Che Bap Recipe – Vietnamese Corn, Pandan, Rice & Coconut Dessert

prepared bowl of che bap

99% sure I get it from my mom, but I’m a control freak. A huge benefit I like with home cooking is control. You can control everything: the process, timing, ingredient proportions, quality of ingredients, cleanliness. Everything. I love eating out at restaurants, but control over all the little details pulls me back into cooking at home, just like with this dessert recipe.

Che bap is a Vietnamese dessert, and (almost) a one pot wonder, so it is incredibly simple to make on the stove. This one features lots of flavors I like in a single dessert: corn, pandan, and rich coconut cream. This recipe makes enough to split into eight small bowls, but it easily scales up too. You can prepare this ahead of time, and reheat quickly for a tasty after dinner snack too!

sliced ears of corn

The glutinous rice (please do not use regular rice!) provides the backbone, the bulk, the texture for this sweet dessert. Cook it too much and you’ll have soup, too little and you’ll have starchy, crunchy grains. No good.

Ratio-wise, good ol’ corn on the cob comes in second but is what the dessert is named after. Get some in-season corn that’s naturally sweet and you’ll add a much better flavor to this dish, instead of trying to compensate with sugar.

che bap pot with heated coconut creme

I’ve harped on the wonderful aroma and flavor of using real pandan leaves before in my recipes for banh kep (pandan pizzells), pandan sticky rice, and che choui (banana, coconut & tapioca dessert). This recipe also highlights the leaves wonderfully.

Get fresh leaves when you can, but more often you’ll be able to find good quality ones in the freezer section of your southeast Asian supermarket. It takes way too many leaves to get a green color dark enough so we do cheat a little with a drop or two of artificial pandan leaf extract.

scoop of the che to show detail

If you’ve been to Vietnamese desserts shops you may have seen this dessert too, but it is typically clear and not green, with yellow corn, but rest assured it is the same dessert and it will be much better made fresh!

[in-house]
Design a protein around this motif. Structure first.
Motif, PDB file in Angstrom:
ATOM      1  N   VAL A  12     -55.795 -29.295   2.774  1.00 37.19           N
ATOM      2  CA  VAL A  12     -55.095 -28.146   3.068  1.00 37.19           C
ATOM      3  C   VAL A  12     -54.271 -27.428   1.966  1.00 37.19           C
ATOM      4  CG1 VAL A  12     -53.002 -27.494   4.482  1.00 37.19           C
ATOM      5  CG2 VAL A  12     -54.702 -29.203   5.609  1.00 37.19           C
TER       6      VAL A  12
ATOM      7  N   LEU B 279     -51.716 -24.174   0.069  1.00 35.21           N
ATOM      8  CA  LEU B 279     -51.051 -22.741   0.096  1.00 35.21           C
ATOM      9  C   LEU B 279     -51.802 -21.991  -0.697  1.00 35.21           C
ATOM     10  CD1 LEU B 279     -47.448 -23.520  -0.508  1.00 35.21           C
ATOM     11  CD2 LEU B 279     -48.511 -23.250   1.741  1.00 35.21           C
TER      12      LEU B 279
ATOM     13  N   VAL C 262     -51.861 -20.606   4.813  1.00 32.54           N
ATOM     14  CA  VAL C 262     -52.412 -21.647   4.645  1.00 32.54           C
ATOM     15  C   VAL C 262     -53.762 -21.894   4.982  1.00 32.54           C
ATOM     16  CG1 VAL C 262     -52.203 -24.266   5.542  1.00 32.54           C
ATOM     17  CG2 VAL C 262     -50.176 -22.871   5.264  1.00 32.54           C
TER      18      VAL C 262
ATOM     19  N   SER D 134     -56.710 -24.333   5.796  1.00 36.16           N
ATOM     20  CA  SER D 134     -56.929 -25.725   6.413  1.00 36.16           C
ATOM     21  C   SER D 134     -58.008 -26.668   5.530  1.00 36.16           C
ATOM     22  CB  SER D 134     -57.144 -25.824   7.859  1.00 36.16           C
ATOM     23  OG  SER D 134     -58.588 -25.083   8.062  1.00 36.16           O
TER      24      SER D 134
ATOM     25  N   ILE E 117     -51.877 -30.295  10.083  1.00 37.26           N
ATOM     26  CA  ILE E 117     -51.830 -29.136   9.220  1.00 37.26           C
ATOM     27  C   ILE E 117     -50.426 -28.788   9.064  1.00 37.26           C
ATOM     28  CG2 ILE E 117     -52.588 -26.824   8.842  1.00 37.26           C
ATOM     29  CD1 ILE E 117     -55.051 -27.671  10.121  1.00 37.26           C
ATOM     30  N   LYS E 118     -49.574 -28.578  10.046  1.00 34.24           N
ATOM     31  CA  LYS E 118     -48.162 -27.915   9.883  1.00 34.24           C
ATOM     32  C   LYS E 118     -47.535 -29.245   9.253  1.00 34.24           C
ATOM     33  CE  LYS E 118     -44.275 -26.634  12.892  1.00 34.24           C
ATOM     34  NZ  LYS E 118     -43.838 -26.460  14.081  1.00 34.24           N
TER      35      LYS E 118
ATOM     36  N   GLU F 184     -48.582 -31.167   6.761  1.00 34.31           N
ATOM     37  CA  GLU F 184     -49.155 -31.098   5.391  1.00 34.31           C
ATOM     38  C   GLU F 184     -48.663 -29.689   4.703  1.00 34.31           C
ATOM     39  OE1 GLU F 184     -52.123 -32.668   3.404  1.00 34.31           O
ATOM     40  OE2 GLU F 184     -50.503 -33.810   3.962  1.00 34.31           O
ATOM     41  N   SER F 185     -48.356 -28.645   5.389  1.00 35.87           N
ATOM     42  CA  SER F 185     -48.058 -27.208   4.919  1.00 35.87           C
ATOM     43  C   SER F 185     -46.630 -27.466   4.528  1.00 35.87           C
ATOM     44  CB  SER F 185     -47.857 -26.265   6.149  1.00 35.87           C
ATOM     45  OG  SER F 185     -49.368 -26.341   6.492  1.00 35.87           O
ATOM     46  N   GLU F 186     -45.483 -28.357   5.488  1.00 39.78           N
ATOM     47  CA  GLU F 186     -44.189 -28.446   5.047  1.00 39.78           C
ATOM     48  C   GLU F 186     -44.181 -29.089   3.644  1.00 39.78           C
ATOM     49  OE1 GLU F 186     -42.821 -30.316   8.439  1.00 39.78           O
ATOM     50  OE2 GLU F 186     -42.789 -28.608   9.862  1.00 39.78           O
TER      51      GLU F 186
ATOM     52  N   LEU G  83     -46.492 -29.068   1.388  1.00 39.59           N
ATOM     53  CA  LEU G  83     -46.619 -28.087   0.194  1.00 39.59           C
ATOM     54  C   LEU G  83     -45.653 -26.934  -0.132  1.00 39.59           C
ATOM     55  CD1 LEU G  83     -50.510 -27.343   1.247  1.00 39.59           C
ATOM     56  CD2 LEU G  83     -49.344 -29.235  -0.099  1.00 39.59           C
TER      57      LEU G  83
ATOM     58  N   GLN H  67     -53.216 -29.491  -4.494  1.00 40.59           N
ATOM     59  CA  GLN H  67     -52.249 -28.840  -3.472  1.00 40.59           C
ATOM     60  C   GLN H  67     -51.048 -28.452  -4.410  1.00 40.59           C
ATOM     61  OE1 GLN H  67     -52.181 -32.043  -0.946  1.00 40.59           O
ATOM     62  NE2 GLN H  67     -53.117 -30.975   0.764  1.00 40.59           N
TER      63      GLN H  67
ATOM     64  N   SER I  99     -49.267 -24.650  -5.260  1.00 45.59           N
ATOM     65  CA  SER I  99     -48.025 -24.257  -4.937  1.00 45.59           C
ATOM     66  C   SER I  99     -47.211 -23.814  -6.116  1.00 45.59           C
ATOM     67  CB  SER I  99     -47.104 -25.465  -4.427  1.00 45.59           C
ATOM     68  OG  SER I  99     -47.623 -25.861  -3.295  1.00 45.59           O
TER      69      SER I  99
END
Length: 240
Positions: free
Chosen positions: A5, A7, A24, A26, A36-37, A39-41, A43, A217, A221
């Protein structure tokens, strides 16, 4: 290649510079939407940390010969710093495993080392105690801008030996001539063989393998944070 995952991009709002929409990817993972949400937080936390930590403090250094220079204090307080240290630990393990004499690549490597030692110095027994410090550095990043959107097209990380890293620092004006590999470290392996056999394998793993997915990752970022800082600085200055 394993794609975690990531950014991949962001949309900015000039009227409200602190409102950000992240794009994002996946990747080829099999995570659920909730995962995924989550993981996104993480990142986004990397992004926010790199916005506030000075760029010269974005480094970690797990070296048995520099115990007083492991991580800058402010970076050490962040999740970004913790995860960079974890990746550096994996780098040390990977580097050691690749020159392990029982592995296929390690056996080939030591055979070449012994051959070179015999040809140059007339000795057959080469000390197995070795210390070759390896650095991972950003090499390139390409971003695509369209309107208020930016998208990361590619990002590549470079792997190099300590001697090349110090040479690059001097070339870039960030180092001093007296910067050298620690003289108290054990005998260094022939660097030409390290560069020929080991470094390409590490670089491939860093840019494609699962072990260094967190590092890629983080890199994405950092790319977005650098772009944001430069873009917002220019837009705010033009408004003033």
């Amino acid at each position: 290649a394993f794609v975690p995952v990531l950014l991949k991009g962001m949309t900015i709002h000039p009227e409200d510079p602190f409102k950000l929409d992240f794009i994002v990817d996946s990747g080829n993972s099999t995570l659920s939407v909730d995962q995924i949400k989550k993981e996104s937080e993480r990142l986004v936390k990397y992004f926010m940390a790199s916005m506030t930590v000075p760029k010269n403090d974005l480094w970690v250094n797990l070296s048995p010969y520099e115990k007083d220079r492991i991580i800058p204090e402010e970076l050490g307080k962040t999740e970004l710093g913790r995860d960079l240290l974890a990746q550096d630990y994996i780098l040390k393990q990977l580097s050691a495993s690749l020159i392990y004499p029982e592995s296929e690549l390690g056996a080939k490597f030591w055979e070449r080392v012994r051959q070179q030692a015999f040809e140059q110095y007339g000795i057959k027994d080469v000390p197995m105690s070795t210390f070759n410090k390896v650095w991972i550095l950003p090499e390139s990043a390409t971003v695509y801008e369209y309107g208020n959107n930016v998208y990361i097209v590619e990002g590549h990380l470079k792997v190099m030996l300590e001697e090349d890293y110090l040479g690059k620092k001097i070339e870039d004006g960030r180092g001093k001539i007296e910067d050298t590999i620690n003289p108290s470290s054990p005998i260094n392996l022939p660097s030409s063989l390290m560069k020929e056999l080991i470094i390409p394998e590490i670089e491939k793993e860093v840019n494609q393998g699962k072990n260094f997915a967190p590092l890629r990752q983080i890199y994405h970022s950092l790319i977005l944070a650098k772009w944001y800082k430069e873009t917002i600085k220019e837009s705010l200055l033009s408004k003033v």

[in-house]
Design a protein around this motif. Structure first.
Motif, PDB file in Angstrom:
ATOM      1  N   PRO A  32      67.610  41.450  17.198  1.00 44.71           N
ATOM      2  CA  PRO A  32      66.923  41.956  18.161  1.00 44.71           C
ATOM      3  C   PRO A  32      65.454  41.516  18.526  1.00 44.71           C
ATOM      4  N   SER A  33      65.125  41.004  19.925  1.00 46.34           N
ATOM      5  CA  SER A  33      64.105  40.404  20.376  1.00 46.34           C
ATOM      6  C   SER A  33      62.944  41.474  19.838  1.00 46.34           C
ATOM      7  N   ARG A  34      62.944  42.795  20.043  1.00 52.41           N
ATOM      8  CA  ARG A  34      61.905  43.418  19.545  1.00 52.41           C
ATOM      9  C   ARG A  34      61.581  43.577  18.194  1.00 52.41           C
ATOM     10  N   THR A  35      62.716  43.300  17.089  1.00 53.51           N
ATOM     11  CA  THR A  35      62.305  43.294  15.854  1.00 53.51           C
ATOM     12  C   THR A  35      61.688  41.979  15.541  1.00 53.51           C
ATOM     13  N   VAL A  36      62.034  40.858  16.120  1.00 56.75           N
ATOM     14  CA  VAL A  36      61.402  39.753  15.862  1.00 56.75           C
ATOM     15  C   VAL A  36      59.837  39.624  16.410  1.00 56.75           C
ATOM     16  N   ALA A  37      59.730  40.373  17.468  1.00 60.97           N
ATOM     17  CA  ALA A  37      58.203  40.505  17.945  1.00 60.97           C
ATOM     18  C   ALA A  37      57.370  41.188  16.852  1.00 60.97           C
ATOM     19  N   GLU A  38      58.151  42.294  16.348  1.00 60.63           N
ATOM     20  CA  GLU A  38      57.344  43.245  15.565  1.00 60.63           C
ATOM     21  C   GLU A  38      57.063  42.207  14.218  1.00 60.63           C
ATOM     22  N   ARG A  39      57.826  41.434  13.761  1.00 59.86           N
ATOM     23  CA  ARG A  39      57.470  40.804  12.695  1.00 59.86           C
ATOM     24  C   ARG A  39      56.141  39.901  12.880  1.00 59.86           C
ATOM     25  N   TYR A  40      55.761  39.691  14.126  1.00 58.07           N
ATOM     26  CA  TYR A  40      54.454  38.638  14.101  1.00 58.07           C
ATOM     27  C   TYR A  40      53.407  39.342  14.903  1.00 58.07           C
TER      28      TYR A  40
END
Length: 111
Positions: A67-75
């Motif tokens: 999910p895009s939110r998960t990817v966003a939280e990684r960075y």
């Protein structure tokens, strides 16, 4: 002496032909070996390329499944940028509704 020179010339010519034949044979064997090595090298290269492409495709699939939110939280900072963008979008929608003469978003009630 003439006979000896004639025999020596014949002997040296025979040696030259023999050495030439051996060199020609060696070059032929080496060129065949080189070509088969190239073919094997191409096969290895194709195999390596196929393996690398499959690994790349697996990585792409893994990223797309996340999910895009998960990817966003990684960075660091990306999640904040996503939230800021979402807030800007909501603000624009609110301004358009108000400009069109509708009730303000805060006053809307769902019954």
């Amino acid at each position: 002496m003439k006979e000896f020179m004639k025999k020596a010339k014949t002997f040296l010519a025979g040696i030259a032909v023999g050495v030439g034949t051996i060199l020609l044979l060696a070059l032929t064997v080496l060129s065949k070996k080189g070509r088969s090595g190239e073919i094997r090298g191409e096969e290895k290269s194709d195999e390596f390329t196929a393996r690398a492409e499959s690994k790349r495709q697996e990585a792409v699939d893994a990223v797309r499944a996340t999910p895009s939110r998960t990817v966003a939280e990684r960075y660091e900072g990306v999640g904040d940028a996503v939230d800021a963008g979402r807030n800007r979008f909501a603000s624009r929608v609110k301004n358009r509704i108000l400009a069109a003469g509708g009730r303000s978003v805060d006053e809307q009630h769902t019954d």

This recipe makes about 7-8 small bowls for you to share, or keep in the fridge and enjoy for about five days max. Make sure not to add the coconut cream topping until you’re ready to serve! I like keeping it a bit on the side so you can vary the proportions per bite, and the flavors remain a bit distinct vs. just mixing it all.

topping off with scoop of coconut cream before serving

che bap pot with heated coconut creme

Vietnamese Corn & Pandan Rice Pudding - Chè Bắp Lá Dứa

Some of my favorite southeast Asian flavors coming together into a wonderul rice-based Vietnamese 'pudding'. We have glutinous rice paired with sweet corn, balanced with pandan aroma and a rich coconut cream topping.
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Author: Huy
Prep: 10 mins
Cook: 32 mins
Servings: 8 small bowls

Ingredients

Pandan Water

  • 12 pandan leaves washed & scrubbed thoroughly (set aside 2 leaves for later)
  • 1 cup water

Rice

  • 2/3 cup glutinous rice rinsed and drained
  • 3 cups water
  • 1/2 tsp salt

Supporting Cast

  • 500 grams yellow corn kernels raw (~2-3 cups)
  • 100 grams sugar
  • 200 ml coconut cream ~1/2 can
  • 1 tsp vanilla extract or powder
  • 2 pandan leaves tied into 2-3" long knots

Thickener

  • 1 tbsp tapioca or corn starch
  • 2 tbsp water

Coconut Cream Topping

  • 200 ml coconut cream remaining ~1/2 can
  • 2 tbsp sugar
  • 1/3 tsp salt
  • 2 tbsp tapioca or corn starch
  • 2 tbsp vanilla extract or powder

Instructions

  • Thoroughly wash and scrub pandan leaves, then blend with 1 cup water until very finely blended. Strain and add pandan water into a thick, medium sized pot.
  • Add remaining Rice ingredients, bring to a boil on high, then lower heat to medium low and cover with a lid to maintain a low boil. Cook for 15-20 minutes until glutinous rice is cooked all the way through, and no longer powdery or tough (test by eating a grain, or smashing a grain between your fingers). We want to aim for fully cooked past 'al dente' but not as soft as rice porridge. Stir the pot only once at the ~9 minute mark since stirring too often will release too much starch.
  • Add all 'Supporting Cast' ingredients, turn heat to high and bring to a boil. Once it hits a boil, lower to medium to maintain a low boil for ~10 minutes until the corn is fully cooked.
  • In a small bowl mix Thickener ingredients until fully combined, then add to the pot. Turn heat to high and continuously stir. When it hits a boil shut the heat off. This step is optional based on your thickness preference (or how much starch from the rice was released)--you can scale up or down as needed, but note that thickening properties of the starch don't take effect until after this hits a boil.
  • Using a small sauce pan, combine Coconut Cream Topping ingredients and heat on high continuously stirring. When it hits a boil, shut the heat off. Keep a lid on this afterwards until ready to serve to prevent the top layer from thickening.
Course: Dessert
Cuisine: Vietnamese
Keyword: coconut, corn, glutinous rice, pandan, rice

Notes

Use a pot with a thicker bottom to prevent burning. Only stir once while the rice is cooking or else you release too much starch and will be forced to continuously stir during the cooking to prevent sticking.
You can use coconut milk if you can't find coconut cream, but cream is preferred.
This lasts for about ~5 days in the fridge maximum.
Don't add the coconut sauce until you serve, since it will make the dessert spoil faster.

 

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